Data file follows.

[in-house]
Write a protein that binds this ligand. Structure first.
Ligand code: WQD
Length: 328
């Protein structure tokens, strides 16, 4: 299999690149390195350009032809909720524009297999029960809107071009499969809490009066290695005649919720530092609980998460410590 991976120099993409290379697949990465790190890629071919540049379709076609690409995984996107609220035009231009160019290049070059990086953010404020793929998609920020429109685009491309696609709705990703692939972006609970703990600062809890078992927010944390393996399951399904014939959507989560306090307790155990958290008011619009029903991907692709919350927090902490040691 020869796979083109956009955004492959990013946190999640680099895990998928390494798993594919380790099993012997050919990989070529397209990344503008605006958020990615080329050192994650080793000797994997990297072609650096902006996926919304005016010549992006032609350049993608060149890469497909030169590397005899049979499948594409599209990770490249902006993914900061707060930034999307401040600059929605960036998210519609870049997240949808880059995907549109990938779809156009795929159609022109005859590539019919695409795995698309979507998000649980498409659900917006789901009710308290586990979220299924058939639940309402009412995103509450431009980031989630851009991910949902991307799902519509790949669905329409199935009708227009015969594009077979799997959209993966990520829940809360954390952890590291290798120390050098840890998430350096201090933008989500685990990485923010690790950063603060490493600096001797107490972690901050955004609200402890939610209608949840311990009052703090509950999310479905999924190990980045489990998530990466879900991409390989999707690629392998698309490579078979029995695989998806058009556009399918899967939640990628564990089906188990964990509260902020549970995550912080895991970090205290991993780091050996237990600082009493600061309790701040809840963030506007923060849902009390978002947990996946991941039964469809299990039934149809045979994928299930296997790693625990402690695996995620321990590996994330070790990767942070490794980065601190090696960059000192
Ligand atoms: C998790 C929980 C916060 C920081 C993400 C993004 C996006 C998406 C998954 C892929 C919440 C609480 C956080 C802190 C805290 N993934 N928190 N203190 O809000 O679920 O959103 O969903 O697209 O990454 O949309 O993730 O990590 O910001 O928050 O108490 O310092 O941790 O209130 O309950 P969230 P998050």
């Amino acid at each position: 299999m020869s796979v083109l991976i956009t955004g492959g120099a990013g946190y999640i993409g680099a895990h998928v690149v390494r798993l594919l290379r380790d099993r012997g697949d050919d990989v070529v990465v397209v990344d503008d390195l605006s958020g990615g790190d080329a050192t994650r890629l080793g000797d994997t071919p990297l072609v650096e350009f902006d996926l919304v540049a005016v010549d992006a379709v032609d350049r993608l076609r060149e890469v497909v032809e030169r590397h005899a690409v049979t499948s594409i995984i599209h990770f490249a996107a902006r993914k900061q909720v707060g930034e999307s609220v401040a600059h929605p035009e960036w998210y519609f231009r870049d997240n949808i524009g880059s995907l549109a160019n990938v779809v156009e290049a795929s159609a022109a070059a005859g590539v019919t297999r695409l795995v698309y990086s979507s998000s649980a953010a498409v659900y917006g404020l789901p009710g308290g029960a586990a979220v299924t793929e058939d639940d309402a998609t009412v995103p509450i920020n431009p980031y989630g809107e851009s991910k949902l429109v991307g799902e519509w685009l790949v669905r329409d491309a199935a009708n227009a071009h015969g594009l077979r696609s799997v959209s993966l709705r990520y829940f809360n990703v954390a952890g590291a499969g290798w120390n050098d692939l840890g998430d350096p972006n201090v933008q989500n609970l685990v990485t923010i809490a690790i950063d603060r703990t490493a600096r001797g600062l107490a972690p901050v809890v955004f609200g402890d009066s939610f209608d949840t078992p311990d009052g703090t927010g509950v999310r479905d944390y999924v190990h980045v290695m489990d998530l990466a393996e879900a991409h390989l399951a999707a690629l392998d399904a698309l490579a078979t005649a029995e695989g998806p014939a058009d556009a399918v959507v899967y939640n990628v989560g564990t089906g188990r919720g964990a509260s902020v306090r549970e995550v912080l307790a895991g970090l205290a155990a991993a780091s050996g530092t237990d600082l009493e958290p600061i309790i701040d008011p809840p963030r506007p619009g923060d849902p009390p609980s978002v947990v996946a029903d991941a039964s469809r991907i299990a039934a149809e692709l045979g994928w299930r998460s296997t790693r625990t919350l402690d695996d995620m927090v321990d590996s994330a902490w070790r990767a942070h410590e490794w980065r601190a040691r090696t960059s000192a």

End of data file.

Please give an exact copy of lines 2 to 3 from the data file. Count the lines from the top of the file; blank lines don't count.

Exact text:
Write a protein that binds this ligand. Structure first.
Ligand code: WQD